Review by James Forrest

James Forrest

This article originally appeared in Issue 40:2 (Nov/Dec 2016) of Fanfare Magazine.

How I missed the first edition of this vastly interesting book when Robert R. Reilly published it in 2002 I cannot say, but I am grateful the editor offered the chance to read and review this “revised and expanded edition”—expanded, indeed, to include a co-author. The description seems entirely justified, since this second edition is nearly double the size of the original volume, 13 entirely new chapters have been added (eight by Reilly and five more from Laurson), and several more chapters have been revised and expanded. Ted Libbey’s Forward to the 2002 publication is also included. In all, a substantial volume.

This has proved, as well, to be a popular book, with any number of admiring reviews. Although I have a couple of reservations, one major, one minor, I certainly add my voice to the general praise this new edition has received. It is well written, thought provoking, and a terrific “read” for anyone with an interest in the topic.

My primary disagreement is with the authors’ major premise as indicated in their subtitle. They believe that Schoenberg and the atonalists stole or were about to steal (or take over) music in the 20th century, that beauty in music had become of little or no importance and that, only in the latter part of the century, a group of composers reclaimed the art. The authors argue their case with fervor, but I don’t think the facts bear them out. In my opinion, 12-tone music was never more than a side-issue. The vast majority of composers did not follow it: The nearly 70 composers discussed here (five of the chapters are excellent interviews), and also a considerable number of 20th-century tonalists not individually treated by the authors.

Bartók, Bloch, Copland, Cowell, Creston, Gershwin, Hindemith, Honegger, Piston, Prokofiev, Schuman, Walton, to name only the first dozen who come to mind were all writing tonal music during the time the atonalists were most active. I obviously don’t remember the 1920s and 30s personally, but it seems to me they, and others, more than held their own in comparison to Schoenberg and his followers. There is a particularly fine interview with David Diamond, surely one of our greatest symphonists, but to ignore two more of the finest, Walter Piston and William Schuman, seems to me to stack the deck. I respect the authors’ opinion on the matter, but I am unconvinced. Others, however, may agree.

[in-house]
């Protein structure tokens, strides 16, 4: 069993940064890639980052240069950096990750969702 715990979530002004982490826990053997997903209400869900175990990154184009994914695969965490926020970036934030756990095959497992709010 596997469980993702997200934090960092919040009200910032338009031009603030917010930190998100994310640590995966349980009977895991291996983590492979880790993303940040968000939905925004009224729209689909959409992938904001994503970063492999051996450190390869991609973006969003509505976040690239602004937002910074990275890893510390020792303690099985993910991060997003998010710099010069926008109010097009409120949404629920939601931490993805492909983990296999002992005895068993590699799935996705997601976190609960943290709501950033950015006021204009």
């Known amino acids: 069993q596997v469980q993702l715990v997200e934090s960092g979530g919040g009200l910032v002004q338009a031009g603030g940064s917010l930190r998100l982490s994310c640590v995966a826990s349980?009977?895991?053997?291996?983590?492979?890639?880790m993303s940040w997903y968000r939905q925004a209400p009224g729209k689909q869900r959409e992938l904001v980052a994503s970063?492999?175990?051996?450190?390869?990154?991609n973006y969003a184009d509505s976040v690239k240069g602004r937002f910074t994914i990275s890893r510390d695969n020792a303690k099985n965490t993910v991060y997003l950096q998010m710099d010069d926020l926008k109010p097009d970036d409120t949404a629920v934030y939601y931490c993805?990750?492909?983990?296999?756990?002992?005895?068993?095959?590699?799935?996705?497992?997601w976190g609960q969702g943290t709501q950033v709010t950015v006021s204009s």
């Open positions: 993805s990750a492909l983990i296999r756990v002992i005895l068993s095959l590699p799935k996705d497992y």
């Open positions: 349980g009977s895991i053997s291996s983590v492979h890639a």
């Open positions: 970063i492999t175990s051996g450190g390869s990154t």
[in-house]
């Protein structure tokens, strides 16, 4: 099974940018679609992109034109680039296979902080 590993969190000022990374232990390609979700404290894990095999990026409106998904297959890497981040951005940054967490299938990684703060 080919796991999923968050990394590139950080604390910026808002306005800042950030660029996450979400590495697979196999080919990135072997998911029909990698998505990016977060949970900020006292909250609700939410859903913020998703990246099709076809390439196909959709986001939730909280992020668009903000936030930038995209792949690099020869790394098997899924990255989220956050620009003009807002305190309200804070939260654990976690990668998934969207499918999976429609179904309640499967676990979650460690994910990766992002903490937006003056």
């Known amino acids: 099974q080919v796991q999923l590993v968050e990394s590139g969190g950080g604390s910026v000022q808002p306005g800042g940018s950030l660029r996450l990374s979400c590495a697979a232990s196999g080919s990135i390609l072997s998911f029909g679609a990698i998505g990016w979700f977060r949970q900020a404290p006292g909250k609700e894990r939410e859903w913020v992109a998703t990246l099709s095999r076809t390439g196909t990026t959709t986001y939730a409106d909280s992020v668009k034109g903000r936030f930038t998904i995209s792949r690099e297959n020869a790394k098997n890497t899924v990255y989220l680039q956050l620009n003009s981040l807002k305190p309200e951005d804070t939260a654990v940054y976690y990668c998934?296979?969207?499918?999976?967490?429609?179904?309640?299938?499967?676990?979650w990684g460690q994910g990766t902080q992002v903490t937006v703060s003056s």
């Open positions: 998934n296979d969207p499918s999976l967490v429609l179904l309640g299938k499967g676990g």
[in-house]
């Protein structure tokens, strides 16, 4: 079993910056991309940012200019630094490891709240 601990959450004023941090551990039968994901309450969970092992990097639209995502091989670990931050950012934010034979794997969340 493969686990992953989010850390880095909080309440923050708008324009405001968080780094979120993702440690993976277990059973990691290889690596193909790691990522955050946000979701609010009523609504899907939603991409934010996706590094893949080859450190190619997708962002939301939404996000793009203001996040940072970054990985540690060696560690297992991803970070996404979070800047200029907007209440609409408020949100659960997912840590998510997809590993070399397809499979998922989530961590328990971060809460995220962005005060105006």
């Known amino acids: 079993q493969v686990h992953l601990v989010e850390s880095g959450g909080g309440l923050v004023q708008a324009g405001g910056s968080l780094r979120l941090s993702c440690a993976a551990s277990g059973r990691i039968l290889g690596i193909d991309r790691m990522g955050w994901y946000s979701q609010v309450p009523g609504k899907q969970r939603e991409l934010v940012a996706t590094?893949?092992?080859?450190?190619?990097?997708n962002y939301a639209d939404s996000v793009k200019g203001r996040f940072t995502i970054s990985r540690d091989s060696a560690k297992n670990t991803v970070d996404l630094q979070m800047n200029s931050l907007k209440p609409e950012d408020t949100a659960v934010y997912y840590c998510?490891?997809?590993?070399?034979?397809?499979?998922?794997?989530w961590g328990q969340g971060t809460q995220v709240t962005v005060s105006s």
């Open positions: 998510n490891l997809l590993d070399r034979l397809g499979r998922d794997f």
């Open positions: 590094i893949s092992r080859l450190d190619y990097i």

An area of less significant disagreement stems from a question the authors pose following the preface: “Is Music Sacred?” They return to this at the end of their discussion of individual composers and clearly it is a topic that has meaning for them. It is not one to which I can relate. Elsewhere in this issue a DVD of a concert and interview featuring the venerable conductor Herbert Blomstedt is discussed. In the interview Blomstedt was asked about the spiritual content of music. He looked puzzled, finally put his hand near his heart, and said (I paraphrase from the translation): But, that is in here. I take the meaning of that to be that music is not in and of itself intrinsically spiritual (or, by extension, sacred) but that it can touch those aspects of ourselves. That would be my view.

Another comment, frequently made in the text, is that the atonal movement killed or tried to kill “beauty” in music. Again, I can’t relate to that. Obviously, Schoenberg’s Variations for Orchestra are not “pretty” or melodic such as Brahms’s Haydn Variations. But I recall well, after hearing Solti and the Chicago Symphony play the Schoenberg in the then new Orchestra Hall in Minneapolis, how much impact the tonal variety and complexity had. I was similarly moved one warm summer afternoon at Tanglewood hearing Joseph Silverstein play the Schoenberg Violin Concerto with his colleagues of the BSO. Beauty exists in many forms. In music, beauty does not reside only in melody. It also, let us not forget, exists in the ear of the listener. We are not all going to agree, just as not all hear things the same.

Having indulged myself, and so as not to try patience, let me return to what I find excellent here and the reactions which support a strong “buy” recommendation. As noted, this book is well written, entertainingly written. It is also chock full of useful information. Having read it, you will return to it (as I have during the past couple of months) for facts or opinions regarding the individual composers and music discussed. Although a new author was added for this edition, his style is much the same and there are no incongruities. In addition to a provocative discussion of each of more than five dozen composers, there is a brief, selected discography at the end of each chapter. I surely do not own all of the recordings listed, but I own a sufficient quantity, and share the esteem of the authors for those discs, as to have confidence that all of their recommendations are well considered.

The book is nicely turned out. I have not seen the hard-bound edition, but the copy I received has a very heavy stock outer cover, glossy finished, looks well, and after several weeks of heavy use looks (still) like new. Editing is excellent. I didn’t pick up any misprints (not saying I could not have missed one), but in all, a splendid job. While you might well choose to spend the additional money for a hard-bound copy, because it is, I repeat, a book to which you will return, I would say that those who decide to save 10 dollars will do so with impunity. There is a web site which is also of interest: I suppose it will be maintained over time. For all of my carping and complaining, I recommend this revised edition. I cannot imagine anyone not enjoying perusing and returning to it.

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